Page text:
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Anderson Gallery displays faculty works with ‘Solving Problems’ theme

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“MILLCREEK ROAD” by adjunct professor Maria Cervantes includes contrasting colors, movement and balance to create rhythm. PHOTO BY Lily Wasserman | features editor

“MILLCREEK ROAD” by adjunct professor Maria Cervantes includes contrasting colors, movement and balance to create rhythm. PHOTO BY Lily Wasserman | features editor

From children’s book page sketches to collected writings from the past six years, the latest Anderson Gallery exhibit may seem unconnected, but each piece is a faculty member’s interpretation of the central theme “Solving Problems.” 

On Feb. 1, the Anderson Gallery opened its latest exhibition, titled “Solving Problems.” From now until March 8, the gallery will display works by Drake’s art and design faculty. 

“It felt like a good time to have [an exhibit] to highlight our faculty, [including] new faculty that joined us this year,” Lilah Anderson, the Anderson Gallery art director, said. 

According to Anderson, the art and design faculty came up with the exhibit theme, based on approaching a problem during the design process or making art in response to a witnessed problem. 

Associate professor of graphic design Neil Ward chose to exhibit a recent client project, a screen printing of a home that a husband had gifted to his wife. The homeowner sent Ward pictures of the home, fireplace and pet. Ward created the design and custom-printed it. 

“He gave me creative license to bring my skills into the design,” Ward said. The piece is in the mid-century style that Ward uses in his work at Mainframe Studios 329. Mid-century style, according to HGTV, is a style of furniture popular in the post-WWII suburbanization period that is typically utilitarian but sleek with bright colors.  

Ward’s display includes demonstrations of every step of the process, from sketching to the final piece on French paper, a type of paper used specifically for screen printing. 

“This shows my process of decision-making and problem-solving any production issues to get to the final,” Ward said. 

The title of his piece, “Sonambient,” is inspired by mid-century patio furniture designer Harry Bertoia’s sound sculptures. Ward added two sound sculptures to the design for the couple’s home. The two sound sculptures, sculptures that utilize sound as part of the medium, are at the center of the piece. 

“It’s crafting a narrative of who lives in the home, that’s what I love about the process,” Ward said. 

John Fender, chair of the Art and Design Department, also approached the topic by demonstrating his design process. Fender, who teaches a J-Term on bookbinding, chose to display bookbinding demonstration samples utilizing various types of binding. 

“I enjoy the prep [and] selection of materials. I enjoy the technical aspects of sewing. It’s a very procedural kind of object. It’s hard to separate the different kinds of steps,” Fender said.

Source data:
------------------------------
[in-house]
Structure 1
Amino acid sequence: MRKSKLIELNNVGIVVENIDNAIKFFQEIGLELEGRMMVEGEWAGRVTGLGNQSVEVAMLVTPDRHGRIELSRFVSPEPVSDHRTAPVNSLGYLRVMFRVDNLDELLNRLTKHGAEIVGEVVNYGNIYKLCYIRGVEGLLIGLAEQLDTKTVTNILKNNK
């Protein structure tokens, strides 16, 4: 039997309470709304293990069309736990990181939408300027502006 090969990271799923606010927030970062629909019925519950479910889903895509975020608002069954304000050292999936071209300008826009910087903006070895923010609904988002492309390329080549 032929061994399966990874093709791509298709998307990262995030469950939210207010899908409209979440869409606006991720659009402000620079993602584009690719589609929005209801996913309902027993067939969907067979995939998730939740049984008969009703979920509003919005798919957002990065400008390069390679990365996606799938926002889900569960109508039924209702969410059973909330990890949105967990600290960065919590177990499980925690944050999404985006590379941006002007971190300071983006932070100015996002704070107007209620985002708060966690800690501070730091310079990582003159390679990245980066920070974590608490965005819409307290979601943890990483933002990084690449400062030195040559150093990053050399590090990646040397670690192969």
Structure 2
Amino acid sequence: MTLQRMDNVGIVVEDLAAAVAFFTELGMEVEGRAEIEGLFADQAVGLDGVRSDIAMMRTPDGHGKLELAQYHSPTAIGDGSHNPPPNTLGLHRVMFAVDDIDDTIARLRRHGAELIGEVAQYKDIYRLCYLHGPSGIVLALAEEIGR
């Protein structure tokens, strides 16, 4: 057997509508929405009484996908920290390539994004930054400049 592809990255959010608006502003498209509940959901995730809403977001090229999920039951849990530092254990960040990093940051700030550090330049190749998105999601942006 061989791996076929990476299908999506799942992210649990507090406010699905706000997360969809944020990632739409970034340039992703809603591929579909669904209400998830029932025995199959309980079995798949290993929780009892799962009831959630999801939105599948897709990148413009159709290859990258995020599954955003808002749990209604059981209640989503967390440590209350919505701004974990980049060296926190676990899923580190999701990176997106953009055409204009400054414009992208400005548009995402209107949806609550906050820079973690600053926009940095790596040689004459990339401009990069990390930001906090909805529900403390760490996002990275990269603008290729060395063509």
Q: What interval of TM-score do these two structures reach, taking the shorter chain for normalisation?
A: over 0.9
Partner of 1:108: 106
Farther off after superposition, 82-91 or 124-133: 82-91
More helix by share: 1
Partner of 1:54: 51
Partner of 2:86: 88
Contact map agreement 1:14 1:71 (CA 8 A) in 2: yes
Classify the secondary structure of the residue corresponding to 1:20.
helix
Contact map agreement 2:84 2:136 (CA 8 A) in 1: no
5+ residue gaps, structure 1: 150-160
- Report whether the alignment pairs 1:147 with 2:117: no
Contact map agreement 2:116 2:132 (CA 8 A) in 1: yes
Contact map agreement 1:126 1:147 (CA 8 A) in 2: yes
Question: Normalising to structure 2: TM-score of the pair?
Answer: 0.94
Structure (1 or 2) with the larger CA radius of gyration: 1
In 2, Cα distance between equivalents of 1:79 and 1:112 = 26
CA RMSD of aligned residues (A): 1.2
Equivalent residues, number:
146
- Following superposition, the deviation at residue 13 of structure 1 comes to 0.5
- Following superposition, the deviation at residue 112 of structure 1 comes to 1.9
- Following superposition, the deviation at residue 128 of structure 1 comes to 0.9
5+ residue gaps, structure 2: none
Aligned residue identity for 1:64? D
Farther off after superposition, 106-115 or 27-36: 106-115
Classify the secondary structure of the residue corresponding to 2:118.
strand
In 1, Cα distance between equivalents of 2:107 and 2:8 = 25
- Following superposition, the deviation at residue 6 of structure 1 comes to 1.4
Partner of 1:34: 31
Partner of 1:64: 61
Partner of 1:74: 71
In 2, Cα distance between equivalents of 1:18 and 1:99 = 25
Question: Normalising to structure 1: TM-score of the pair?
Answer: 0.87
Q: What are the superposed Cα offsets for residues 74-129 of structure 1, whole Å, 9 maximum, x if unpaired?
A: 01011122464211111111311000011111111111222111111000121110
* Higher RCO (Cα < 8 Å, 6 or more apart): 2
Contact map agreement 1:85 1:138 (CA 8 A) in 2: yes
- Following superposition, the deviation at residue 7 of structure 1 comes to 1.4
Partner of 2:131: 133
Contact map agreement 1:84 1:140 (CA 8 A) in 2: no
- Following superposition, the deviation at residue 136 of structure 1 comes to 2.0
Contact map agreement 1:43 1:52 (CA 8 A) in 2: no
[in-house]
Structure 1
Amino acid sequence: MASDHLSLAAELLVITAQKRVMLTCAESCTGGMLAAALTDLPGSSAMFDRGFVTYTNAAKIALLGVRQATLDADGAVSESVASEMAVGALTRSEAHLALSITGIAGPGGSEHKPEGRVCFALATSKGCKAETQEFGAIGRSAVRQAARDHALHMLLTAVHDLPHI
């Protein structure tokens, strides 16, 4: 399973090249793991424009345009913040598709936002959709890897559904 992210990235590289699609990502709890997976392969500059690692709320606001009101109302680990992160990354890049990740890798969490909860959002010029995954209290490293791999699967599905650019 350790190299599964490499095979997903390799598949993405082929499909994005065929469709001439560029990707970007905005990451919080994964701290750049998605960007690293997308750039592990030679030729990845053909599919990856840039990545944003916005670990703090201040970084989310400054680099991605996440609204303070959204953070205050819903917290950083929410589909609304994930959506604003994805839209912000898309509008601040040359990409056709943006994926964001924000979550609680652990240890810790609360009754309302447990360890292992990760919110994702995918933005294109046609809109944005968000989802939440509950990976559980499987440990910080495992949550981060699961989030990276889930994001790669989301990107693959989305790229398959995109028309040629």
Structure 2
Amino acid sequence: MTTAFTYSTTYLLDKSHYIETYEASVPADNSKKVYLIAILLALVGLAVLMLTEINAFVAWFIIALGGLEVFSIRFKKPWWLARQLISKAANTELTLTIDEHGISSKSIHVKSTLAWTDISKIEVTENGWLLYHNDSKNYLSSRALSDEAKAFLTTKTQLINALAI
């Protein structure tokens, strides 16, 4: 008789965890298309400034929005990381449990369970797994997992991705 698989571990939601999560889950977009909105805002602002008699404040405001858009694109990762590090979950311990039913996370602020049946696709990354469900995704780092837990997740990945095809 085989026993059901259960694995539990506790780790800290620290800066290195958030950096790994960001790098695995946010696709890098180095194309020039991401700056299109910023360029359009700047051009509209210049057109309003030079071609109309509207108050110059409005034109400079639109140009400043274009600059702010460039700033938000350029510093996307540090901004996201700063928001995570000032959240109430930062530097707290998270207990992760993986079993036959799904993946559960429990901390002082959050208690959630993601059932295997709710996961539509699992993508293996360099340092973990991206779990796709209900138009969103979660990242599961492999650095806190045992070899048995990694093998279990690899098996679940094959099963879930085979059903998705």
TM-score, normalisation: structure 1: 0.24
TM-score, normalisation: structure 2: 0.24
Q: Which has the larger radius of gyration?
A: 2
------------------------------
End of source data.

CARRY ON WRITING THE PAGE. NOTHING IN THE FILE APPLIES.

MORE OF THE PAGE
Fender also exhibited a shelf design for his studio. The display includes preliminary pieces, schematic drawings and a model of the shelf with the final design. 

“I worked within the confines of the wood. I had to be able to design the shelf and construct it,” Fender said. 

Edward Kelley, a studio technician in the Department of Art and Design, approached the theme as using art to address existing problems. His pieces on display address topics such as gun violence, acceptance and understanding in the United States and keeping emotions buried.
One piece, titled “Seed,” includes the head of the Statue of Liberty on a pedestal, where the top protrudes from a box like a growing seedling. 

According to Kelley, the piece was inspired by “the direction of how things are today. It’s kind of about building upon something that exists, that we seem to have forgotten about, which is acceptance and understanding.”

Another piece is an expletive that the viewer can only fully see by looking down in the pipe-like vessel. Kelley said this is similar to how people hide their frustration. 

“I feel like that’s something we have all felt in our lives, an exclamation of exhaustion and frustration,” Kelley said. 

Anderson said she was glad to see many people, including Drake students and 

community members attend the opening reception. 

“It’s important for students to see their faculty not just as teachers but as artists,” Anderson said. 

Rachel Roen, a junior studying secondary education and art, attended the reception because some of her professors were part of the exhibition. Roen said she enjoyed examining the many mediums and interpretations of the theme in the gallery. 

“There’s just so much going on. Everything’s so different,” Roen said. “There’s so many different approaches to this one central theme.”

On Feb. 15 and Feb. 22, faculty with works in the gallery will talk about their creative processes. Information about the talks is available on the Anderson Gallery website.

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